BARRY’S BAY – Several hardships have touched the life of Doreen Gutoskie, but somehow, the 61-year-old Barry’s Bay resident finds a way to keep rolling with the punches.
Growing up in the area, Gutoskie was one of five siblings.
She grew up in the house she lives in now, and took possession of it in 1973.
At around 16 years of age, she began dating a local boy named Patrick Trabinskie. Originally from Paugh Lake, Trabinskie stayed in the area and began working for a timber company that kept him in the bush most days of the week.
Nearly 13 years later, Trabinskie was walking along the side of a road, near Madawaska Valley District High School, when he was suddenly hit by a speeding motor vehicle.
He was rushed to St. Francis Memorial Hospital and then to Ottawa and was paralyzed instantly.
“His sister lived close by the high school and the car hit him while he was walking. It was a younger person driving. It happened pretty quick,” Gutoskie recalled.
Initially, the doctors and nurses who received Trabinskie didn’t think he would survive the accident.
“The doctors thought he wasn’t going to make it,” she noted.
The horrific accident rendered Trabinskie as a quadriplegic and on November 20, Gutoskie will have taken care of him for 35 years.
It is fitting, then, that she is being nominated for a Champlain Community Care Access Centre Caregiver Recognition Award, at a ceremony to be held in Renfrew on November 29.
Reflecting on how her life changed in an instant, Gutoskie is extremely grateful for all of the support that she has received over the years.
“Oh, it made things a little bit different. I never really thought about that stuff before the accident, or if a person could end up that way. But with all of the help and support from everyone, it’s been easier. Those people have helped me get to where I am today. All of the doctors and nurses and occupational therapists and case managers, all of them have really been supportive. If I ever need help, they really help me out,” she added.
Insisting on maintaining the finer details of housework, Gutoskie has only ever had care-associated help at the house.
“Oh, they don’t do any housework. They just help him with his health and provide care for him,” she said.
As if life couldn’t throw her any more curveballs with the pain of her partner’s accident, Gutoskie also lost her son
Darcy, as he committed suicide 11 years ago.
Darcy, as he committed suicide 11 years ago.
Darcy was only 29-years-old at the time.
“August 11 was the 11-year anniversary of his death. We still think about him today, and we still miss him,” she said.
After being asked how she has ventured through the trials of her varied life, Gutoskie responded with a simple answer.
“Oh, I pray a lot. I don’t know where I’d be today without prayer. It’s very important to my life. You do get frustrated and worn down sometimes, but you just go day by day and whatever comes, comes,” she added.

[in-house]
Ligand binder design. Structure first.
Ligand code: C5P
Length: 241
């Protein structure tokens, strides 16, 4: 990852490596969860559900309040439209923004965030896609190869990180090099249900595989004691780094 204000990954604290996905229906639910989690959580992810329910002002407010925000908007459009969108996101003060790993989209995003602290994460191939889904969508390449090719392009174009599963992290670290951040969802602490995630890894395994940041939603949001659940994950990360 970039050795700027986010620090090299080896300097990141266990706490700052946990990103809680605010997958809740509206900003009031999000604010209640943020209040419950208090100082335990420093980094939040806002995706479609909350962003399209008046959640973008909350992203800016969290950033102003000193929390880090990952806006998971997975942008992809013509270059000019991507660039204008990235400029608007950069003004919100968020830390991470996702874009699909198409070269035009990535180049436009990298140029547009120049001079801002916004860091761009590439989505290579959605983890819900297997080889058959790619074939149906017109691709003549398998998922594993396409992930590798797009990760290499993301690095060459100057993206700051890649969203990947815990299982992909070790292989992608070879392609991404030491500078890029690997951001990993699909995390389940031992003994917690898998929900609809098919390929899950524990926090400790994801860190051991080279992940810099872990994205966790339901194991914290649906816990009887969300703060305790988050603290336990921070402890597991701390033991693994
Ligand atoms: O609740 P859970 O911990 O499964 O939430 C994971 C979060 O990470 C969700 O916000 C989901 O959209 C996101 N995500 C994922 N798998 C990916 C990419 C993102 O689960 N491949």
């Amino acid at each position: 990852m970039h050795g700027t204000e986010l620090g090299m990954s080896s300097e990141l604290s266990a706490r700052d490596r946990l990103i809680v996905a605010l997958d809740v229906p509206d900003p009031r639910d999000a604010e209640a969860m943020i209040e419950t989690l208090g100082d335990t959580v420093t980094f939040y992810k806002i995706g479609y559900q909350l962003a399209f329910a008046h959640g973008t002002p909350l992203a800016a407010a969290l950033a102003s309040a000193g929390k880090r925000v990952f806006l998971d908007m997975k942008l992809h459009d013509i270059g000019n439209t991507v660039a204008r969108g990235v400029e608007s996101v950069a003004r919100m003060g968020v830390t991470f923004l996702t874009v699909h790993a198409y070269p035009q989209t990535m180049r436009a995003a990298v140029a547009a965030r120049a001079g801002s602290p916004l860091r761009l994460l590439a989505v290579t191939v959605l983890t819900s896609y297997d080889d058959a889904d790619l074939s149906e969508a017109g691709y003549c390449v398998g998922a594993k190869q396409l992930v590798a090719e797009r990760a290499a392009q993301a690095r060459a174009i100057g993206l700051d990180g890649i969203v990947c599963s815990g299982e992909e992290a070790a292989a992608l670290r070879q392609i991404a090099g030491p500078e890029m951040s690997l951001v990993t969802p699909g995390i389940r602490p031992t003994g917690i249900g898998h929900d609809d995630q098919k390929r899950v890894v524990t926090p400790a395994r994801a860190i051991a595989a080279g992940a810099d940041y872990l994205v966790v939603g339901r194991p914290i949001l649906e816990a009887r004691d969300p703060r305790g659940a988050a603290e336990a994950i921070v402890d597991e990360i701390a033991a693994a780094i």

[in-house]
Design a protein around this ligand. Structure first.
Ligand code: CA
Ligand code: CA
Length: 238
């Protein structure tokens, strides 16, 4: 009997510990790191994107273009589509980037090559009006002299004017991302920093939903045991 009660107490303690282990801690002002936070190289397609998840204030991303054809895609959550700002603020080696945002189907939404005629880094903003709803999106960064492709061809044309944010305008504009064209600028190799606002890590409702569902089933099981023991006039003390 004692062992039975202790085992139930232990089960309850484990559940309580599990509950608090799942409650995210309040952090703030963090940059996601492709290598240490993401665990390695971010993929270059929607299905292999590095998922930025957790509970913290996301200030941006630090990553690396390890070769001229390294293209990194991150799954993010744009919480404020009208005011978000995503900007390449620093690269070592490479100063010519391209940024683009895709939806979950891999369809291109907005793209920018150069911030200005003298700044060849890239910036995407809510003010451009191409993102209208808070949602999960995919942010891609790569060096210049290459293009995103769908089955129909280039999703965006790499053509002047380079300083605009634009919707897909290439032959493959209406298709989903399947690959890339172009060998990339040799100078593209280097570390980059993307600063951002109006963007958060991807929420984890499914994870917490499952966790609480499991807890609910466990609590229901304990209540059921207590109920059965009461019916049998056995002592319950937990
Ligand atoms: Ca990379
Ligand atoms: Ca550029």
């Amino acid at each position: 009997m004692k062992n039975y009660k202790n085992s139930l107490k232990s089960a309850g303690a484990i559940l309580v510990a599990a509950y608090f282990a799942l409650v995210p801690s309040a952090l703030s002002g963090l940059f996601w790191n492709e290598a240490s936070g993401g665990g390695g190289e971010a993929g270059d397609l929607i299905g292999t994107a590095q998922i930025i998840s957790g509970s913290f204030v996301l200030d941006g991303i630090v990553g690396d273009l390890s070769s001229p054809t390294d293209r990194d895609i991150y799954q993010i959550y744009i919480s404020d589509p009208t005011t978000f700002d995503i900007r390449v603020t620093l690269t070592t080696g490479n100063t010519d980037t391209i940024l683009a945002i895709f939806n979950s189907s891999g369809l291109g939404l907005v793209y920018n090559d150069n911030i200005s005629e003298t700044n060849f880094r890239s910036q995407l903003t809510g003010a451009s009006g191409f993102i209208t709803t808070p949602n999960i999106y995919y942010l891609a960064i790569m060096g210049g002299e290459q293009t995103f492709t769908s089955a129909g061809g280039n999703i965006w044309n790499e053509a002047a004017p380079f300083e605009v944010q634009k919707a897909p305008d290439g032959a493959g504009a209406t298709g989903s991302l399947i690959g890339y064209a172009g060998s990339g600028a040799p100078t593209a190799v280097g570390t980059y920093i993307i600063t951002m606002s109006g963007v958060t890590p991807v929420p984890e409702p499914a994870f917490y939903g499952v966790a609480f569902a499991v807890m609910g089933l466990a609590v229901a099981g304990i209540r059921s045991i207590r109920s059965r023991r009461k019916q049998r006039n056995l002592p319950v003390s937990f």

Though she misses her son, Gutoskie is able to find hope in the small things in life and still enjoys her down time with her partner.
“He watches the news every day and we’ll watch it together. He’s into the Olympics, too, so we watch it and we still talk about everything,” she noted.
Over the years, Gutoskie has also been able to find solace in nature and by staying active in the great outdoors.
“I like nature. I like being able to be outside. Sometimes, when you’re inside for too long, you get tired and worn down. You need that fresh air. I’ve piled 10 cord of firewood before, just on my own. I do my housework and I shovel snow and cut the grass,” she added.
Never wondering about what her life would have looked like without the car accident, Gutoskie tries to stay focused on what lies ahead and has always enjoyed helping others.
“I try not to think about that stuff. He needs the care and I always was someone who liked to help people, even when I was much younger,” she noted.
Honoured by the upcoming award, she has been taken aback by the recognition.
“I just do what I can but I think it’s really something, this award. It’s a great honour to receive something like this,” she added.
Along the way, Gutoskie has met several caregivers and has always enjoyed hearing their stories.
“Sometimes, I would run into drugstores and this man was looking after his mom and his whole family drifted apart. And I realize that it’s tough for every caregiver to do all of the daily tasks and sometimes, it takes over everything, but we try our best,” she stated.
Receiving various forms of support from the community, the inspiring caregiver has also felt honoured by the priests and deacons of St. Hedwig Catholic Church who have conducted a holy communion at her home, once a month, for many years.
“That’s always been a big thing for us and I feel very honoured that they’ve done that for so long,” she added.
Story continues in the August 15 issue of The Valley Gazette.